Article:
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With numerals, even more than with pronouns, it is difficult to keep the strictly grammatical approach and not to let oneself be diverted into lexicological considerations. O. Jespersen has quite rightly remarked that numerals have been treated by grammarians in a different way from other parts of speech. This is what he says, "...the grammarian in this chapter on numerals does what he never dreamed of doing in the two previous chapters (those on nouns and adjectives. — B. I.), he gives a complete and orderly enumeration of all the words belonging to this class." 2
It seems therefore all the more necessary to stick to the grammatical aspect of things when dealing with this particular category of words. What, indeed, ought to be said about numerals from a grammatical viewpoint?
There are no grammatical categories to be discussed in numerals. There is no category of number, nor of case, nor any other morphological category. The numerals are, to all intents and purposes, invariable. So there is only the function of numerals to be considered, and also possibilities of their substantivisation.
The most characteristic function of numerals is of course that of an attribute preceding its noun. However a numeral can also perform other functions in the sentence (it can be subject, predicative, and object) if the context makes it clear what objects are meant, as in: We are seven, Of the seven people 1 was looking for I found only three.
1 A special ease is another; here the indefinite article has become an integral part of the pronoun in the singular.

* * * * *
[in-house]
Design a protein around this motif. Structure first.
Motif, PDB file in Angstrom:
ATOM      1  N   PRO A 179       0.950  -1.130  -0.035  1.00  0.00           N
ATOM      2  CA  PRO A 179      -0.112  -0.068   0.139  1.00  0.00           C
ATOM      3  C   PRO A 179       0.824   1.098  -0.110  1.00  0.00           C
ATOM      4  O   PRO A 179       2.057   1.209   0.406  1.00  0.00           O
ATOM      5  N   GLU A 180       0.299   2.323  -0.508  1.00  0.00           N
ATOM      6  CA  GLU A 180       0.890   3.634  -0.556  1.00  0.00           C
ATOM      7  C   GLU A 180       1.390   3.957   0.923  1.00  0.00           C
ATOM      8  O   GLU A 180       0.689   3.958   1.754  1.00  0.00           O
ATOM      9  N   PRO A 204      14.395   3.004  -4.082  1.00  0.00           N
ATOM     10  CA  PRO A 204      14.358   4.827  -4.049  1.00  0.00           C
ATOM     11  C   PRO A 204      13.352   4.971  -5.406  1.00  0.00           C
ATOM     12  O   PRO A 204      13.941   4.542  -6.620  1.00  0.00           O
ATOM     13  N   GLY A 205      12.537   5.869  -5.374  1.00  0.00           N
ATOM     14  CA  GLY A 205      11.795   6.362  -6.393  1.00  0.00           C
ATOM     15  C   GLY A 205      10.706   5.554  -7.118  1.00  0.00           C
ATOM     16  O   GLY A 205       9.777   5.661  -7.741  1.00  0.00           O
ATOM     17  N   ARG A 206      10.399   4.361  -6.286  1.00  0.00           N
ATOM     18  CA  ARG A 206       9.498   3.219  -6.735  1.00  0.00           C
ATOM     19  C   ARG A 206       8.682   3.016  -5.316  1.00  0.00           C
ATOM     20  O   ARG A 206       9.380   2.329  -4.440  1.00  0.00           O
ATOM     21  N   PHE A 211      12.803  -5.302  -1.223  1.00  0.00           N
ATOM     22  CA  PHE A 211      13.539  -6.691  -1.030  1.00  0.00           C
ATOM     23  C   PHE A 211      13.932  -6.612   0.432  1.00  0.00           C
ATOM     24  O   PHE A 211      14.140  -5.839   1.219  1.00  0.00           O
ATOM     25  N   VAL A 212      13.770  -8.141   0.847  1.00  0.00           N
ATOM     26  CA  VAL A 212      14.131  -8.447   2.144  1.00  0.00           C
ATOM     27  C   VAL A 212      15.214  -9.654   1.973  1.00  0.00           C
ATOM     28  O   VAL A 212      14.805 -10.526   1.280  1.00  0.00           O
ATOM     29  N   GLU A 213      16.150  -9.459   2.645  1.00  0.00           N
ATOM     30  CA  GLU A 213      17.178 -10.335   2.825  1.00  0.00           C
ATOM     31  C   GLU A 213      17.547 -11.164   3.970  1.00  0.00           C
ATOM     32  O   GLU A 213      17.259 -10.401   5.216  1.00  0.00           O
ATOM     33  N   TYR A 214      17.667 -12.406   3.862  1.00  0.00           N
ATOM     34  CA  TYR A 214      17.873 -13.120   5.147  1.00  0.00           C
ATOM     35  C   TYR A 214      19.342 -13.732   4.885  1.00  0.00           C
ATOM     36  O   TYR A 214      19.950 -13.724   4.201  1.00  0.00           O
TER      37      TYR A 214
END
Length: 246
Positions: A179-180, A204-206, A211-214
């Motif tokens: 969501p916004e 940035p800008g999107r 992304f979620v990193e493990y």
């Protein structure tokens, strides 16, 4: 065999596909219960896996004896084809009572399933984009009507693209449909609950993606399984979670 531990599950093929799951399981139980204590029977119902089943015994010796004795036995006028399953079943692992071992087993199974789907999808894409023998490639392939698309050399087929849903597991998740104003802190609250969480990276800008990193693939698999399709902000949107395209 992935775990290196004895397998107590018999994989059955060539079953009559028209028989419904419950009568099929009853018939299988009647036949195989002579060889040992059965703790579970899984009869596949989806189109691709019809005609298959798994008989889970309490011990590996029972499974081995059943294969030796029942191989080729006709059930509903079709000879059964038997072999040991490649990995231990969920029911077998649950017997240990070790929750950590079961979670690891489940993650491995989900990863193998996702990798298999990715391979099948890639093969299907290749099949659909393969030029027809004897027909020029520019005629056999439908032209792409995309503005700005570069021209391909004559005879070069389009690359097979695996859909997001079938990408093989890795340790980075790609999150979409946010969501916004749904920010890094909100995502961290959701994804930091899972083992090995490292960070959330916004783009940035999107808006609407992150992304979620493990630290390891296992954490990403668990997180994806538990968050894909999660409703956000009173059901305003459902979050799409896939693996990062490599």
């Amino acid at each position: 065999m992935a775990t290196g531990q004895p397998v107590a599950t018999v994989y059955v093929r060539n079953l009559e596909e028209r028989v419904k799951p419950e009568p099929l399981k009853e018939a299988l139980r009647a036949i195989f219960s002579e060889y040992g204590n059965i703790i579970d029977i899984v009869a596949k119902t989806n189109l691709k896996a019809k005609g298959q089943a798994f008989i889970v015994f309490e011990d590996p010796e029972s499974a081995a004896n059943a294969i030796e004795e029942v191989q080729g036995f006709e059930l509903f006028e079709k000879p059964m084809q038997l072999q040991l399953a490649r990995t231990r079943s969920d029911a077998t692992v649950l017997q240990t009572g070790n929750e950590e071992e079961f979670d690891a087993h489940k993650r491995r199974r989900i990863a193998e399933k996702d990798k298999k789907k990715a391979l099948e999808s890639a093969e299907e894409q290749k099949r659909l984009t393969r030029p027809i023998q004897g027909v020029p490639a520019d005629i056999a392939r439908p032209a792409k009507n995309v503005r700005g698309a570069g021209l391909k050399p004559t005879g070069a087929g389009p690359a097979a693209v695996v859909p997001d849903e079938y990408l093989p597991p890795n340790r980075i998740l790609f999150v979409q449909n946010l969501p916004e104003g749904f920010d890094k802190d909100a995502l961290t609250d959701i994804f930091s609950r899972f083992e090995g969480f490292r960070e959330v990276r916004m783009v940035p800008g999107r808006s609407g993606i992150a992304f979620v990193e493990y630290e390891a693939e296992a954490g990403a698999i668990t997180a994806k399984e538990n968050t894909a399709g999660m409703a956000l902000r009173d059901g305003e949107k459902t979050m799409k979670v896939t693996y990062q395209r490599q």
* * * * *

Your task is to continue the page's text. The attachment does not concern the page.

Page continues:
2 O. Jespersen, The Philosophy of Grammar, p. 37.
The Numeral 73
An ordinal numeral can also be modified by an infinitive denoting the action in which the object mentioned occupies a definite place; a characteristic example of this usage is, He was the first to come.
The numerals, both cardinal and ordinal, share certain peculiarities of syntactic construction with pronouns. Cf., e. g., five children, five of the children, five of them; some children, some of the children, some of them; also the first travellers, the first of the travellers, the first of them. This, however, does not seem a sufficient reason for uniting pronouns and numerals into one part of speech, and such a union has not so far been proposed. 1
1 Academician L. Sšerba proposed in his paper on parts of speech in Russian to establish a part of speech called quantitative words (количественные слова), which would include both cardinal numerals and words such as many, several, etc. He has not been followed in this by any other scholar. (See Л. В. Щерба, О частях речи в русском языке. Избранные работы по русскому языку, стр. 73.)